These brass era Cadillacs are what earned the brand its early tagline of "The Standard Of The World." The "Little Hercules" single-cylinder powerplant sits under the front seat and drives the rear wheels, and the cars were filled with solid engineering. Cadillac made mass-production possible by pioneering interchangeable parts. Nobody thought it was possible to ship a fully-disassembled car to Europe and bolt together a fully-operable automobile from parts that came off the shelf. Cadillac's uniform parts made that stunt possible, and burnished the reputation of the brand in those early days. This car predates that innovation, but if this is indeed the car that was at the New York show, it helped spur 2,000 orders with its precise build quality.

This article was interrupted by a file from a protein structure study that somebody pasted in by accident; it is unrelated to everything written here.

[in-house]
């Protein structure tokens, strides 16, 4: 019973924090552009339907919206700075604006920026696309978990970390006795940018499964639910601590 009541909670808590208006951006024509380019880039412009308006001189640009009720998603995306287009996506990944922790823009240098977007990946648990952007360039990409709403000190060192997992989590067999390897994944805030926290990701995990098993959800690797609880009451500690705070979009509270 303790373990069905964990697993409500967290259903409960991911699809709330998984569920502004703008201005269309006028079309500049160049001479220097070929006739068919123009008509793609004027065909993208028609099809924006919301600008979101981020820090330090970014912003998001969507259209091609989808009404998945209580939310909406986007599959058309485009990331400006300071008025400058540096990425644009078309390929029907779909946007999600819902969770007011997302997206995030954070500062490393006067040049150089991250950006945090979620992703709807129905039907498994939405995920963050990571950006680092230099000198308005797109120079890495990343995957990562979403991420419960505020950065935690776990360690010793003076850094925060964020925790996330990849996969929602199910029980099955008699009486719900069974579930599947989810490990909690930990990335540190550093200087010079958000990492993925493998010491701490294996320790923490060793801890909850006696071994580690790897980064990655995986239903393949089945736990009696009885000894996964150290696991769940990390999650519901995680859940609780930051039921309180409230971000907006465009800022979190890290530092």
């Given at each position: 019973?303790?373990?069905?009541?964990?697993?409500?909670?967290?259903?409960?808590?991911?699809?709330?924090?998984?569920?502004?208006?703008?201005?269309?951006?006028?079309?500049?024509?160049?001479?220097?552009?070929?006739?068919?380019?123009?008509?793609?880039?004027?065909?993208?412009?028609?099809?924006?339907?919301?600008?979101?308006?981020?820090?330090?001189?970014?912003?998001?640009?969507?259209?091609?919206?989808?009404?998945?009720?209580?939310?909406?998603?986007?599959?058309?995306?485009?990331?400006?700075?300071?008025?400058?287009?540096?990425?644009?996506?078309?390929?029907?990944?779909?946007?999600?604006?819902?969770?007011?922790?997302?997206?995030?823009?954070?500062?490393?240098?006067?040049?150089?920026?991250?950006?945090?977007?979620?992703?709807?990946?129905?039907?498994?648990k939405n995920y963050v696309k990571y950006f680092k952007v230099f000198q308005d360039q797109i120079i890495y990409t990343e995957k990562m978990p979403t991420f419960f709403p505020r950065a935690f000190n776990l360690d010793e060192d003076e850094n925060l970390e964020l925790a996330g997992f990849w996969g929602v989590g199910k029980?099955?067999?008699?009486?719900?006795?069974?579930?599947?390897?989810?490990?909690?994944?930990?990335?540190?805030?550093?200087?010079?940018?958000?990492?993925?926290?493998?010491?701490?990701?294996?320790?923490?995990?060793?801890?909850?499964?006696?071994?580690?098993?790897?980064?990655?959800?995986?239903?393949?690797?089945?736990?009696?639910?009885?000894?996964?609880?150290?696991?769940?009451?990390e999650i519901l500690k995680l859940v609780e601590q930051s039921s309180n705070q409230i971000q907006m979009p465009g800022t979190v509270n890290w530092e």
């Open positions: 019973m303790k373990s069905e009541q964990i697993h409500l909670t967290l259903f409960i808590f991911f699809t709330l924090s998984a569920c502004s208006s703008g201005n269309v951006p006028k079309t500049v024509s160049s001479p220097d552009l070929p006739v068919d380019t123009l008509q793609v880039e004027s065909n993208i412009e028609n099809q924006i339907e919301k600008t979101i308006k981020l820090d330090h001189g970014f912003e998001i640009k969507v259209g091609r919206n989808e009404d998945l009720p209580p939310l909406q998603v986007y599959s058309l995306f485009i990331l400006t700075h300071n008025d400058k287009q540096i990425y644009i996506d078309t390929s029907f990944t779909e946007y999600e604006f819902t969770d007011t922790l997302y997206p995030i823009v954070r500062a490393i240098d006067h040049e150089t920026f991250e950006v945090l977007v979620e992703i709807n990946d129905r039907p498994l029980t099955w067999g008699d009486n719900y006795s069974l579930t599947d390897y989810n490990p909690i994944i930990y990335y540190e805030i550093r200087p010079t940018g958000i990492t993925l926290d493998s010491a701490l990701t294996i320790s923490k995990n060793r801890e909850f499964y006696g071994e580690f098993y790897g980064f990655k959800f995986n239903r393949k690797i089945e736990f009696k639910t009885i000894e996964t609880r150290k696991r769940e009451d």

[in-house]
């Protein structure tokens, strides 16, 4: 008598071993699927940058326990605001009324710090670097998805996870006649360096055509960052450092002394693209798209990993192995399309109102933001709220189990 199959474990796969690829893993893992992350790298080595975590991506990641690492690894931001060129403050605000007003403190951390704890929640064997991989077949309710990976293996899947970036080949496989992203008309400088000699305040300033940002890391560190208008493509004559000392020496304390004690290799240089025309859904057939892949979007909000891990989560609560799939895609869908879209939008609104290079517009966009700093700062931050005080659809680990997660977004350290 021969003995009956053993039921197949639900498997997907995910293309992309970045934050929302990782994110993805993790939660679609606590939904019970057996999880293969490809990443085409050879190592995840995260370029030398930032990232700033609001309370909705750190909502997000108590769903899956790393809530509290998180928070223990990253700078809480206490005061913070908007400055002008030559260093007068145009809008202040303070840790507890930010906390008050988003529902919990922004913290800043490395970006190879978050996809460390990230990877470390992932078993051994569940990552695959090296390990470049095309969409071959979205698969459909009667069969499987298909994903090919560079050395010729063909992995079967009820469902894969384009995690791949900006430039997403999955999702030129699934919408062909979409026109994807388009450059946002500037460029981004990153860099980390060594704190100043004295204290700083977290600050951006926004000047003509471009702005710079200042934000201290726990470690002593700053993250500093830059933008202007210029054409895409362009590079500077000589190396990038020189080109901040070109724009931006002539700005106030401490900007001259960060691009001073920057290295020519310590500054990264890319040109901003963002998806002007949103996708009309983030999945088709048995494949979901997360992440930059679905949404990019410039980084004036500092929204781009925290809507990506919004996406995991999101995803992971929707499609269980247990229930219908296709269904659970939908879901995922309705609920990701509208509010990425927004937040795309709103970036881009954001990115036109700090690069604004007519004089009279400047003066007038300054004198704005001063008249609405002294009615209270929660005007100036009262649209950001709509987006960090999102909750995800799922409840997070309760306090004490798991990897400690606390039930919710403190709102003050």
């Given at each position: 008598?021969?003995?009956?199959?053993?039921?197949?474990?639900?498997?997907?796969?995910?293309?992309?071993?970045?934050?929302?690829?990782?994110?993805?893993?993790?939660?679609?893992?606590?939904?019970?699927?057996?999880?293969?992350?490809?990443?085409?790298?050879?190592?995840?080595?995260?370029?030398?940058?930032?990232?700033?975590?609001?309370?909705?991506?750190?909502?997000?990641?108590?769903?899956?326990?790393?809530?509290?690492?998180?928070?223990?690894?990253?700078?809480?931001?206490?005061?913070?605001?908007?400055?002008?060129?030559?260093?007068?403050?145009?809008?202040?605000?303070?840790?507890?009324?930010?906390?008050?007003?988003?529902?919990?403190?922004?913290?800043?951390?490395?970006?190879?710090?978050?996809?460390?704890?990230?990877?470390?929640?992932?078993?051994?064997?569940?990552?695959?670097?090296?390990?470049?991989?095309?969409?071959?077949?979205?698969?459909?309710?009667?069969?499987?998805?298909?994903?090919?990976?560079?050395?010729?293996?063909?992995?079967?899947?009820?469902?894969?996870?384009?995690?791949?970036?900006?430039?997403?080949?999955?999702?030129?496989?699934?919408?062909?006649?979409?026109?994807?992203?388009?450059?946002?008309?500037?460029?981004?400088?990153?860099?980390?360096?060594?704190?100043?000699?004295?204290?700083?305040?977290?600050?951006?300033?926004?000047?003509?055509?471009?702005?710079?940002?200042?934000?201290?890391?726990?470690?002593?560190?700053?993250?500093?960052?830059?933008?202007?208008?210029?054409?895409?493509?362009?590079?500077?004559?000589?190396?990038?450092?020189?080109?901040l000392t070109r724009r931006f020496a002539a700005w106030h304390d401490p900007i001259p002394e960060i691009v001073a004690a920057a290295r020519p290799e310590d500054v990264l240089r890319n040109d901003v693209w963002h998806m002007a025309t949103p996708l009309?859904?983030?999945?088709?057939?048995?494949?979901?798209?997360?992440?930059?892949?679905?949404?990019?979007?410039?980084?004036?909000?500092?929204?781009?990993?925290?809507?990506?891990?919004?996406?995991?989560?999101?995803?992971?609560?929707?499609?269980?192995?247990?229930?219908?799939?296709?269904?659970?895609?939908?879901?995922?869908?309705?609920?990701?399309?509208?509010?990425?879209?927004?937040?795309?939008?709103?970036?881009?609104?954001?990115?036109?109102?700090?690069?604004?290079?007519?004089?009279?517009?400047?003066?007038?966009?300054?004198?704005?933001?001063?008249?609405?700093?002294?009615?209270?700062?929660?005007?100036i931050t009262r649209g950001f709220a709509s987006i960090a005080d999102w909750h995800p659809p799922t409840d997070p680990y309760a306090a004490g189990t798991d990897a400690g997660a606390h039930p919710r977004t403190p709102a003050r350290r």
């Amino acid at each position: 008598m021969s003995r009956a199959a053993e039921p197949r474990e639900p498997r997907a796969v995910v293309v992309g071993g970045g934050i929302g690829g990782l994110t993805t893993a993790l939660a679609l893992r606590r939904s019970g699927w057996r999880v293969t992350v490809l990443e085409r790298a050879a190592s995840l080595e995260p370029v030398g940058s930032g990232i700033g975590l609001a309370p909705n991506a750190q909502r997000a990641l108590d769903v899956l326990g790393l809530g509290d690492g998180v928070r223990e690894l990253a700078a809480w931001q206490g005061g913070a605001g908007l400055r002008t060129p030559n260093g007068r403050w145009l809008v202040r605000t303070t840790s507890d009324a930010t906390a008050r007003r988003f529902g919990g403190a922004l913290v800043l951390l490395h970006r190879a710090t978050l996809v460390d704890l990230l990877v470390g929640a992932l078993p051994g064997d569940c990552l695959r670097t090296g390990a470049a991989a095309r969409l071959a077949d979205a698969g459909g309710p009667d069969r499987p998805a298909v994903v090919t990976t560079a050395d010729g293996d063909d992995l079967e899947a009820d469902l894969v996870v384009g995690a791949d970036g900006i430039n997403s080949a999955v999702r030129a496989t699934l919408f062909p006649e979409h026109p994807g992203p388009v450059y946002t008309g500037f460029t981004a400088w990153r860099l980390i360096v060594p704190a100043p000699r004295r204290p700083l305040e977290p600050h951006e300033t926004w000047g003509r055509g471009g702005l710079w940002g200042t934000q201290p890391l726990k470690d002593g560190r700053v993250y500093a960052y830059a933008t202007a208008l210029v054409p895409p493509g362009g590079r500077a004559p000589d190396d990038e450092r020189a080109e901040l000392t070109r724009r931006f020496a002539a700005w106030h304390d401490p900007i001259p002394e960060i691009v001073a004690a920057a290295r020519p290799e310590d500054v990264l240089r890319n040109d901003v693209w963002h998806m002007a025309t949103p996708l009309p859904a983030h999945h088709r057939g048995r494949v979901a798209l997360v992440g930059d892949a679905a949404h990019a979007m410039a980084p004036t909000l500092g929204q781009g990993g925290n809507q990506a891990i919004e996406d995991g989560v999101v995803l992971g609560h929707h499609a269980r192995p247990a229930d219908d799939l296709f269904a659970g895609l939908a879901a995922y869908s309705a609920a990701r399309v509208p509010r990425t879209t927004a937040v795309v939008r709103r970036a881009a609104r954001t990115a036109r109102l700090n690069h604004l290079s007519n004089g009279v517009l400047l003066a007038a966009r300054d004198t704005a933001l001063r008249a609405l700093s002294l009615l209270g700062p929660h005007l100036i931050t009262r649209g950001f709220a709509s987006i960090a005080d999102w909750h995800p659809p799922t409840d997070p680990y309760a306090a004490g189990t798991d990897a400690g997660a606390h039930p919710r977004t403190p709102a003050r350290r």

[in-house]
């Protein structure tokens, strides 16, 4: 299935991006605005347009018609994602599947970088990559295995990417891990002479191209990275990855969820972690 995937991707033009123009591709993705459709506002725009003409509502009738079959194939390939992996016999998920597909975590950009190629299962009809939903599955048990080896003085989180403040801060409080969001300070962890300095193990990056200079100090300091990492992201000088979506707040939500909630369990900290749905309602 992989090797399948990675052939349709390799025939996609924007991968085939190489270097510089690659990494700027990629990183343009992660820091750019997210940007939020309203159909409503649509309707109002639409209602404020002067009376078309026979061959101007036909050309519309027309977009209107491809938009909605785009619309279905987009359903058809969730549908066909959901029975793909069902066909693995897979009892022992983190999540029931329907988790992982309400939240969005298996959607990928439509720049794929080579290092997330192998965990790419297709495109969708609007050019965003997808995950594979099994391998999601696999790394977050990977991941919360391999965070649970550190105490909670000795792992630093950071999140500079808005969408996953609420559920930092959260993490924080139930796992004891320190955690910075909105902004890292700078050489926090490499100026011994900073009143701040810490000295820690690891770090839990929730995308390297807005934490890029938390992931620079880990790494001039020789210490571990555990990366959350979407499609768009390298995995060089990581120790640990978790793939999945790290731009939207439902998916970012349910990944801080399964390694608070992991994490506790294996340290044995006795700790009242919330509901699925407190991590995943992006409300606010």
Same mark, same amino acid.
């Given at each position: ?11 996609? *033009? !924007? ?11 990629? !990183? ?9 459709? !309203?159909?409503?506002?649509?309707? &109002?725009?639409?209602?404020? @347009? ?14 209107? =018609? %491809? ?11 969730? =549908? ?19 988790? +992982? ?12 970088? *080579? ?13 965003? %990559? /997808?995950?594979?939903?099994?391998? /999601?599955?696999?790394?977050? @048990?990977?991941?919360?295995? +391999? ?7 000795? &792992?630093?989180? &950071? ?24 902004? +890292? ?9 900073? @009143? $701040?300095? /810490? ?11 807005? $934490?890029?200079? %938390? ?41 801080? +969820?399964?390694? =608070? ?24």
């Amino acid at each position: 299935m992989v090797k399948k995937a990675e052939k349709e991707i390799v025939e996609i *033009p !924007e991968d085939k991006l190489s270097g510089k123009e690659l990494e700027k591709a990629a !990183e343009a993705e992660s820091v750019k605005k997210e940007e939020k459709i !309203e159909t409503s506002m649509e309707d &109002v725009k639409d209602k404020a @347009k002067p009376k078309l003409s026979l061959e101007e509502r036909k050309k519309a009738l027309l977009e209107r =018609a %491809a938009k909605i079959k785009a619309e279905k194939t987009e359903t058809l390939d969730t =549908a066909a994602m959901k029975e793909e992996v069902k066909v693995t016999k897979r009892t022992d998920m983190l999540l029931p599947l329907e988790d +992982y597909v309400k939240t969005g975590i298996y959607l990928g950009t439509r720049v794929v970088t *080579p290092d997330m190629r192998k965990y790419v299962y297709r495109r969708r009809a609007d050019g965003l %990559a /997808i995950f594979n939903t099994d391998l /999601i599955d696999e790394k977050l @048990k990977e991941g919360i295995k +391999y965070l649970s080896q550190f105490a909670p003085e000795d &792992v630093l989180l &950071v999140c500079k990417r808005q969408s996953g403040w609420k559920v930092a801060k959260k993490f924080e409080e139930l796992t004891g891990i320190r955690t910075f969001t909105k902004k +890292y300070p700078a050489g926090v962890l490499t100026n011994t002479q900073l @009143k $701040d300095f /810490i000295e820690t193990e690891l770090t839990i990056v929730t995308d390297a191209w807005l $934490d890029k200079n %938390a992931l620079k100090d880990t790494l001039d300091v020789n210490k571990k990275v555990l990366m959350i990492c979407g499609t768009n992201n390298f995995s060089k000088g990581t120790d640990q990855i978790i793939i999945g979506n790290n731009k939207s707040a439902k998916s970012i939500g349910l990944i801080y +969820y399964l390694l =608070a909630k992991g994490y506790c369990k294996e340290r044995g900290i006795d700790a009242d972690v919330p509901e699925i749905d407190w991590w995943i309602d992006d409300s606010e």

We've not caught wind of any conjecture about the sale price, but old #13 is believed to be the earliest surviving Caddy. Numbers 1-12 have been lost to the sands of time, so this car's unique history and status will likely lead to it trading hands for a considerable amount. Originally selling for $850 back in the day, we wouldn't be shocked to see lots of digits to the left of the decimal. Now, if we could get the same kind of return on that sub-$1000 Cimmaron, we'd be all set.
[Source: Motor Trend]